This is exactly what happened in the GOP primary. Negative ads played a major role in destroying the (slim) possibility that Gingrich could have been the next president (shouldn’t this fact alone be enough to love them?). Each time Gingrich took a lead—in Iowa and then in Florida—pro-Romney Super PACs bombarded voters with negative ads. It was, for Newt, death by 1,000 cuts. (Though in Newt’s case, the cuts were pretty much all self-inflicted; the ads from pro-Romney Super PACs were merely documenting the carnage.) Later, they did the same thing to Rick Santorum in Ohio.
3. Negative ads, especially in general elections, reflect the reality of modern politics.
Don’t get me wrong, I love a good inspirational ad as much as the next guy:
Seriously, I can watch that ad all day. Can’t you? Except watching the ad reminds me that Obama was unable to reach across the divide. Not because of any personal failing, but because we have deeply divided political parties and a system that encourages and enables gridlock. There are very real reasons why we have negative ads: our two major parties are in major disagreement about what America should look like. Why shouldn’t ads lay out that contrast and tell us what opponents believe? Negative ads do not cause or increase partisanship; they reflect it.
4. Best of all (and so that we can end on a somewhat positive note, for those depressed by negative ads), they are funny.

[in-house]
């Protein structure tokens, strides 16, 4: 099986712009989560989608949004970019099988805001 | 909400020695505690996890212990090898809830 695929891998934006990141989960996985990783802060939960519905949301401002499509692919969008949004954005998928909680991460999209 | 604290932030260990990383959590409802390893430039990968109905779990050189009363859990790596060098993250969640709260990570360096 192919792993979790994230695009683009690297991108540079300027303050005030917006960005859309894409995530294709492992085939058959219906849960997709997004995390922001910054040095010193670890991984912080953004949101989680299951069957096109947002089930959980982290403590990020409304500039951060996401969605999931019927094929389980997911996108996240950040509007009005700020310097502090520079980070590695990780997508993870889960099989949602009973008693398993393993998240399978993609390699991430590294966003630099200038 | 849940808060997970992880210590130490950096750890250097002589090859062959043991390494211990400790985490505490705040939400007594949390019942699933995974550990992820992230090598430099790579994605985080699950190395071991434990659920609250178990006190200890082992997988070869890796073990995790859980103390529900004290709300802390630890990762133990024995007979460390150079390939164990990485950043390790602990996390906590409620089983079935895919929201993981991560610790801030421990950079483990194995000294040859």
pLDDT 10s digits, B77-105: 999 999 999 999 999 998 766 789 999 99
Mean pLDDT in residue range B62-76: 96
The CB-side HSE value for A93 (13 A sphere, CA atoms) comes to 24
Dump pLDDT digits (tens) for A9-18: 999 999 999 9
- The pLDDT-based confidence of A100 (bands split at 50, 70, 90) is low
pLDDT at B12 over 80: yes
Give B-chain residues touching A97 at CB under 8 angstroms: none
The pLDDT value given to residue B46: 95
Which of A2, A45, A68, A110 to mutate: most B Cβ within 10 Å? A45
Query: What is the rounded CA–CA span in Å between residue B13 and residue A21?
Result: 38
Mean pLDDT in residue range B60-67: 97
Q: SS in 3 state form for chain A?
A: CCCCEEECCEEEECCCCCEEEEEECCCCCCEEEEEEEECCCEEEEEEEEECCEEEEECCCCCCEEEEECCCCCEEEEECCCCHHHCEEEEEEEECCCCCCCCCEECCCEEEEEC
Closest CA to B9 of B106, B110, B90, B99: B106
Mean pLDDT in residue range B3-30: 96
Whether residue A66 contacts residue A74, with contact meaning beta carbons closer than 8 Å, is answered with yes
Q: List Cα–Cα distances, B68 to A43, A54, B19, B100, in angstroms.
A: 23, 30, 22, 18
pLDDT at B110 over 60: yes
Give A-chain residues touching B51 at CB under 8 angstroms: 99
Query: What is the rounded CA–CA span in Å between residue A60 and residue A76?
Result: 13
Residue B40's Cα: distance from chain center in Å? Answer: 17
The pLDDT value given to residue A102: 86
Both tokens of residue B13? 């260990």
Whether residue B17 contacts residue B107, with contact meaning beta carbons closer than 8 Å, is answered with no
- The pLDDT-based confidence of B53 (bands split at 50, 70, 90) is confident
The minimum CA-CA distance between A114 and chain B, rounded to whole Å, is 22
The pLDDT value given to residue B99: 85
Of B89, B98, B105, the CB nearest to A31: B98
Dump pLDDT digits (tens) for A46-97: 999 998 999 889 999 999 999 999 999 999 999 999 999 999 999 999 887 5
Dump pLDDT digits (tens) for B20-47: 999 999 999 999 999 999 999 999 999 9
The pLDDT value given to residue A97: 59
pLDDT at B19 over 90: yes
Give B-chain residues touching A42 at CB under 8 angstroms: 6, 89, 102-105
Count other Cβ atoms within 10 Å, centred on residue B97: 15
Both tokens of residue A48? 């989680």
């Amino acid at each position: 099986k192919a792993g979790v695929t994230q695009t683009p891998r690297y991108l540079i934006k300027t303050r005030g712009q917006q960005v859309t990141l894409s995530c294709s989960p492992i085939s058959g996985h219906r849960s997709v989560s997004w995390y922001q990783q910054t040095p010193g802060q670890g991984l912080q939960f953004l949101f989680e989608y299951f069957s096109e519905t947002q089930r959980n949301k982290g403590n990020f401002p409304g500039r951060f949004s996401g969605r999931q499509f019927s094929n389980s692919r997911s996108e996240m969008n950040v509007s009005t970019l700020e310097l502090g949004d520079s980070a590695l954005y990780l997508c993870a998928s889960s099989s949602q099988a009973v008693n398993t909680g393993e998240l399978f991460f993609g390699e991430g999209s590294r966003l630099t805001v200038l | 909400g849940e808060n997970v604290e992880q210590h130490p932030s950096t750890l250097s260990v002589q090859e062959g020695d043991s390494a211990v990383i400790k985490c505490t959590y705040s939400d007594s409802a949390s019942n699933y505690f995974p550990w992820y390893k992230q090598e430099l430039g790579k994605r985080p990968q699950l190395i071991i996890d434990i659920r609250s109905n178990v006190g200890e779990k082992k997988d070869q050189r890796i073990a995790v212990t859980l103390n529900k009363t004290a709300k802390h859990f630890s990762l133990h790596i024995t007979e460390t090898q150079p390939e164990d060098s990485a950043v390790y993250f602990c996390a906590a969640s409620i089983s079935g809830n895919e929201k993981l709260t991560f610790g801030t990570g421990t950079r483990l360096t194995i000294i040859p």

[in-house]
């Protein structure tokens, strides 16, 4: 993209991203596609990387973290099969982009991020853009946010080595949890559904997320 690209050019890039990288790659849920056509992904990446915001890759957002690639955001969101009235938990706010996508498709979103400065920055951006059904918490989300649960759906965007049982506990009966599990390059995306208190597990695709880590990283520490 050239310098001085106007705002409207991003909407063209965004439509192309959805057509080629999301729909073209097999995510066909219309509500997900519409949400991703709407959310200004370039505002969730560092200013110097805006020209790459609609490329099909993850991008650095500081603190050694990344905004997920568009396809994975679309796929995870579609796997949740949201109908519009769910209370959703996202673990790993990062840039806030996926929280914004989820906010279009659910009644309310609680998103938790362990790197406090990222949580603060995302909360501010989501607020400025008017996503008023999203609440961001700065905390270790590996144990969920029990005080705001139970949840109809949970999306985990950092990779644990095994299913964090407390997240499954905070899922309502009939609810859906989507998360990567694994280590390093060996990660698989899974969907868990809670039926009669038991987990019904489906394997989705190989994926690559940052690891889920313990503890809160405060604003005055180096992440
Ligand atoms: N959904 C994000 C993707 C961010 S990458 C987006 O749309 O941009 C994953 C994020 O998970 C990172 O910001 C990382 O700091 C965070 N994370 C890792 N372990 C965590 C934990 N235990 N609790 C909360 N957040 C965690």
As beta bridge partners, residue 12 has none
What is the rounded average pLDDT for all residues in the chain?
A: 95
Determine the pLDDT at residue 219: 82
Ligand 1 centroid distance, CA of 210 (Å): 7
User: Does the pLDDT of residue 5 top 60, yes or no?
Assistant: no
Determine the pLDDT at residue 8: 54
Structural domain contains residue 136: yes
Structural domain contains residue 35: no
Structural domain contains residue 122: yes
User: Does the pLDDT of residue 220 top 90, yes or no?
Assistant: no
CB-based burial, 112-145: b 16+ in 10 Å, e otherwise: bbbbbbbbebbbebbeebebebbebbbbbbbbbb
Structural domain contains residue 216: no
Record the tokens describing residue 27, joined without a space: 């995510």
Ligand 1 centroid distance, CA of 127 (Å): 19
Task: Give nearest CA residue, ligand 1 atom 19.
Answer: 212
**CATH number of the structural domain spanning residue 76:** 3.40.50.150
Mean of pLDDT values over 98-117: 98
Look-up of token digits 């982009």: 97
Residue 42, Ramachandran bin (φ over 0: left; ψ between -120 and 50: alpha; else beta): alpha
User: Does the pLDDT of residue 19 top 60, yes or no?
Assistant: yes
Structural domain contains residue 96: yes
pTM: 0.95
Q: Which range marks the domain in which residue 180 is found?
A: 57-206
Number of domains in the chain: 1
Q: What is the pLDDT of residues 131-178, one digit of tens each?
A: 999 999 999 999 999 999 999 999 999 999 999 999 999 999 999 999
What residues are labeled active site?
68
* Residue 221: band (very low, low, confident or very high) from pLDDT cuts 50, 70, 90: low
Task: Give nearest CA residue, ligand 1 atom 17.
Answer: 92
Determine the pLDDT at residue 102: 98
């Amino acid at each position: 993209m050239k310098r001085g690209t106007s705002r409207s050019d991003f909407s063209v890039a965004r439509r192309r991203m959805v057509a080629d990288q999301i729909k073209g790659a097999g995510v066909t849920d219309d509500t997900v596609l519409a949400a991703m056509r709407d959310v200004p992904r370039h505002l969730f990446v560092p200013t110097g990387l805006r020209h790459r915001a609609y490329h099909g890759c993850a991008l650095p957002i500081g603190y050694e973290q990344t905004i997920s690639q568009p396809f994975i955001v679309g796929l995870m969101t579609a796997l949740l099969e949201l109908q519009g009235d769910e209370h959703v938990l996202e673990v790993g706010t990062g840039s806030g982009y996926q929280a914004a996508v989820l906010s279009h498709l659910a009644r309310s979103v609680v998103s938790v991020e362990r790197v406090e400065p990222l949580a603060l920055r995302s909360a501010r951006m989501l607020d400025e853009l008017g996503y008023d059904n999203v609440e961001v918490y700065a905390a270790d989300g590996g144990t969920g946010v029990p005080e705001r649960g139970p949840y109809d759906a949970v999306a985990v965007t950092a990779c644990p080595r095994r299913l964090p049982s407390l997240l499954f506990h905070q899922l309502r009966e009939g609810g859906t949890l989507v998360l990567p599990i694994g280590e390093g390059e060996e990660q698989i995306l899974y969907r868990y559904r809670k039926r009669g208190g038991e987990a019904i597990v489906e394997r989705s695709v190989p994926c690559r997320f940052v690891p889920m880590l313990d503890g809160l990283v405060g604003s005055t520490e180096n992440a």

Or, at least, negative ads have way more potential to be funny than positive ads. The only hilarious positive ad I can immediately think of is the one where Jon Hunstman rides his motorcycle across the desert in search of a Republican party moderate enough to elect him. Negative ads, however, often turn hilarious when they don’t keep it simple (simplicity is part of what makes LBJ’s “Daisy” Ad above so effective). Granted, this humor is almost always unintentional, but still:
Wait, was that a preview for The Road or a political ad? I shudder to think of the footage they left on the cutting room floor here. Armed gangs mugging grannies? Zombies eating Real Americans?
The ad was criticized for what occurs at the 40-second mark, when Iranian President Mahmoud Ahmadinejad’s face flashes for a nanosecond to Obama’s and back. (Hey, they both lead countries, they are both dangerous, radical Muslims. Close enough, right? It’s all in the game.) But what about the baby in the empty bathtub around the 14-second mark? What is this supposed to mean? Are his parents going to drown him so he doesn’t have to grow up in Obamaville? Is a water shortage looming if we don’t vote Santorum? Is this some sort of baptism ritual or secret signal to Evangelicals? (I’m Jewish; help me out.)
Of course, trying to evoke an emotional response to strange or attention-grabbing industry can go too far. Take the infamous “Demon Sheep” ad from California (when the unofficial title your ad is known by suggests it was created after someone took acid and watched Donnie Darko, you may have gone too far):
This ad actually functions much more effectively as audio (seriously, listen to it without watching). But I’d guess the average voter’s thought process while watching this ad is as follows:
Sheep sheep sheep scary lightning tumbling sheep pig more pigs budget money sheep gas sheep numbers taxes sheep sheep sheep sheep sheep wolf scary red eyes weird mask sheep look out sheep look out!
. . . wait, was that ad about? Something about the budget? Taxes? I don’t know but the sheep were cute.